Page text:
Jeddah Amendment broadens piracy agreement to cover other illicit maritime activities

An international agreement that has been instrumental in repressing piracy and armed robbery against ships in the western Indian Ocean and the Gulf of Aden has seen its scope significantly broadened. With the Jeddah Amendment, the Djibouti Code of Conduct finally covers other illicit maritime activities, including human trafficking and illegal, unreported and unregulated (IUU) fishing.

A high-level meeting of signatories to the Djibouti Code of Conduct, held in Jeddah, Saudi Arabia (10 to 12 January 2017) has adopted a revised Code of Conduct, which will be known as the “Jeddah Amendment to the Djibouti Code of Conduct 2017”.

The participatory states agreed to work together, with support from IMO and other stakeholders, to build national and regional capacity to address wider maritime security issues, as a basis for sustainable development of the maritime sector.

The Jeddah Amendment recognizes the important role of the “blue economy” including shipping, seafaring, fisheries and tourism in supporting sustainable economic growth, food security, employment, prosperity and stability. But it expresses deep concern about crimes of piracy, armed robbery against ships and other illicit maritime activity, including fisheries crime, in the Western Indian Ocean and the Gulf of Aden. Such acts present grave dangers to the safety and security of persons and ships at sea and to the protection of the marine environment.

The revised code of conduct builds on the earlier code, which was adopted under the auspices of IMO in 2009. The Jeddah Amendment calls on the signatory states to cooperate to the fullest possible extent to repress transnational organized crime in the maritime domain, maritime terrorism, illegal, unregulated and unreported (IUU) fishing and other illegal activities at sea.

This will include information sharing; interdicting ships and/or aircraft suspected of engaging in such crimes; ensuring that any persons committing or intending to commit such illicit activity are apprehended and prosecuted; and facilitating proper care, treatment, and repatriation for seafarers, fishermen, other shipboard personnel and passengers involved as victims.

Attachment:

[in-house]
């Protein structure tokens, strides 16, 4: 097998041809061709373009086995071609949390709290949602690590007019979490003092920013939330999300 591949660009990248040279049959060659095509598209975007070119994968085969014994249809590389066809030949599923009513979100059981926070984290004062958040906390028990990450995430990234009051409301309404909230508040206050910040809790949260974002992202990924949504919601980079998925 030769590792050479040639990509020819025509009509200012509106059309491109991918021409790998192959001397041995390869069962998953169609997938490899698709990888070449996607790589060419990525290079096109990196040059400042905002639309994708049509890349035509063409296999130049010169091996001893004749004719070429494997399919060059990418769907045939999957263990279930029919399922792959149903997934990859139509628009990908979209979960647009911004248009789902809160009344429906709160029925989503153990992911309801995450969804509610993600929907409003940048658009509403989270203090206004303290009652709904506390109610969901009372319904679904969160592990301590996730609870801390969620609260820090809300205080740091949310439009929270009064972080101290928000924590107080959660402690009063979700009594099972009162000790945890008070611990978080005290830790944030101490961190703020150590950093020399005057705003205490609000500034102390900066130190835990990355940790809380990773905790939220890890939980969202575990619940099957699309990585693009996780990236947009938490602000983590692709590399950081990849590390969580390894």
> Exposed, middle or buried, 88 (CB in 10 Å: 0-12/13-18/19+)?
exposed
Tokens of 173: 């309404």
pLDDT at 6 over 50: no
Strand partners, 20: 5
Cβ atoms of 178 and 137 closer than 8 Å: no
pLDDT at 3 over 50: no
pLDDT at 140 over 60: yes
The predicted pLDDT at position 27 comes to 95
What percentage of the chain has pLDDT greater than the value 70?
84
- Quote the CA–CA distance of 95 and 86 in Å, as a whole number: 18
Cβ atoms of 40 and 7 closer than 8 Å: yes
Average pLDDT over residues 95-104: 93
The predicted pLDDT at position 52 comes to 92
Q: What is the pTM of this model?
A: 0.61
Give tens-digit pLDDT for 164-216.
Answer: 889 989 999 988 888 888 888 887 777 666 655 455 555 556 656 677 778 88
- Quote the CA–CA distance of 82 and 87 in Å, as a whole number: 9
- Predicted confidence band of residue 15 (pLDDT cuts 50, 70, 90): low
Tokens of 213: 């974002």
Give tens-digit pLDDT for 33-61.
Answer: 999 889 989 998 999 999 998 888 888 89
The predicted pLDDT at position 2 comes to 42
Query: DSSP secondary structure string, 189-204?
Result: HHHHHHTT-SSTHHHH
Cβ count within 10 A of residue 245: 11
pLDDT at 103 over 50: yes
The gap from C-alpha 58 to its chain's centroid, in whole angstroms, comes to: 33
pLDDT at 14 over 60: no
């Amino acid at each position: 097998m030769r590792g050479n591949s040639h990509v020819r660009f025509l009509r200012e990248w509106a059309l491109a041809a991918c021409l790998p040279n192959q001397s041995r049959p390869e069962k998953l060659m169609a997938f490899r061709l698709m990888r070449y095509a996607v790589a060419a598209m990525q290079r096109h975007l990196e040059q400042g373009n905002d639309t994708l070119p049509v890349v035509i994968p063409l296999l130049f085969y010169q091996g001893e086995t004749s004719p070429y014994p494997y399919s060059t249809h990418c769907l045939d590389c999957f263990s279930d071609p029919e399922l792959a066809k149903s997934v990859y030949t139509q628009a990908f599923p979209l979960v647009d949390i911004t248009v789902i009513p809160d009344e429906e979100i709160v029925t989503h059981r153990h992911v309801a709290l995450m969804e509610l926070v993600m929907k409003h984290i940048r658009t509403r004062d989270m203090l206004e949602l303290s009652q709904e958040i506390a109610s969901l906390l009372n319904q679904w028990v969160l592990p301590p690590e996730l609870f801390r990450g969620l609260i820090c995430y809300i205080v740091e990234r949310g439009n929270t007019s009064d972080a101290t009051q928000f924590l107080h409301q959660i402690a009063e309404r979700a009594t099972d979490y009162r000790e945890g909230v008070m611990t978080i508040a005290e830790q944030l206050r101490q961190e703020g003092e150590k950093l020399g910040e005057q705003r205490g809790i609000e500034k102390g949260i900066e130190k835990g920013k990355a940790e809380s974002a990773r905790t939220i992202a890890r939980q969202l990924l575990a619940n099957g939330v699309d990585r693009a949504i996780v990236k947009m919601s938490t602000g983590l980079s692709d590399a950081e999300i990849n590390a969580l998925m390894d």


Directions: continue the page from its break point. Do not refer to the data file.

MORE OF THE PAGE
The transnational organized crime referred to in the code includes arms trafficking; trafficking in narcotics and psychotropic substances; illegal trade in wildlife; crude oil theft; human trafficking and smuggling; and illegal dumping of toxic waste.

A key article of the code includes the intention of participants to develop and implement, as necessary, a national strategy for the development of the maritime sector and a sustainable “blue economy” that generates revenue, employment and stability. They also pledge to develop national maritime security policies; and national legislation to ensure safe and secure operation of port facilities as well as effective protection of the marine environment and sustainable management of marine living resources.

Under new measures relating to the national organization of maritime security, participants commit to establishing multi-agency, multidisciplinary national maritime security and facilitation committees. Similar arrangements should take place at port level. These efforts are necessary to develop action plans and to implement effective security procedures.

A further pledge covers the intention of participants to liaise and co-operate with states (which could include the flag state, state of suspected origin of the perpetrators, the state of nationality of persons on board the ship, and the state of ownership of cargo and other stakeholders) and to coordinate activities with each other to facilitate rescue, interdiction, investigation, and prosecution.

Meeting about Jeddah Amendment

The Jeddah meeting was attended by high-level representatives from 17 Djibouti Code of Conduct signatory states, France (Réunion) and four observer states. Observers from the United Nations Office on Drugs and Crime (UNODC), the European Union, the International Criminal Police Organization (Interpol) and the East African Standby Force were also present.

The meeting was opened by Vice Admiral Awwad Eid Al-Aradi Al-Balawi, the Head of the Border Guard of the Kingdom of Saudi Arabia, and Mr. Chris Trelawny, the Special Advisor to the Secretary-General of the IMO. The meeting was chaired by Vice Admiral Awwad Eid Al-Aradi Al-Balawi, the Head of the Border Guard of the Kingdom of Saudi Arabia.

The revised Code of Conduct was adopted by all 18 states. Signatories also adopted resolutions covering technical co-operation and assistance; enhancing training in the region; and expressions of appreciation to the host country, Saudi Arabia.

The Jeddah Amendment to the Djibouti Code of Conduct 2017 was signed on 12 January by 12 of the 17 participating states eligible to sign. The 12 states who signed were: Comoros, Djibouti, Ethiopia, Jordan, Madagascar, Maldives, Mozambique, Saudi Arabia, Seychelles, United Arab Emirates, United Republic of Tanzania and Yemen.

Djibouti Code of Conduct

The Djibouti Code of Conduct was facilitated by the IMO in 2009. Training and other capacity-building activities implemented under the auspices of the Djibouti Code of Conduct have contributed to the reduction of piracy in the western Indian Ocean region. These took place alongside efforts of merchant ships to implement IMO guidance and best management practices. Naval forces were also important to deter and disrupt pirate activities while states continue to prosecute suspected pirates and increase their maritime law-enforcement capabilities.

Tags : Djibouti Code of ConductIMOIUUsmugglingtrafficking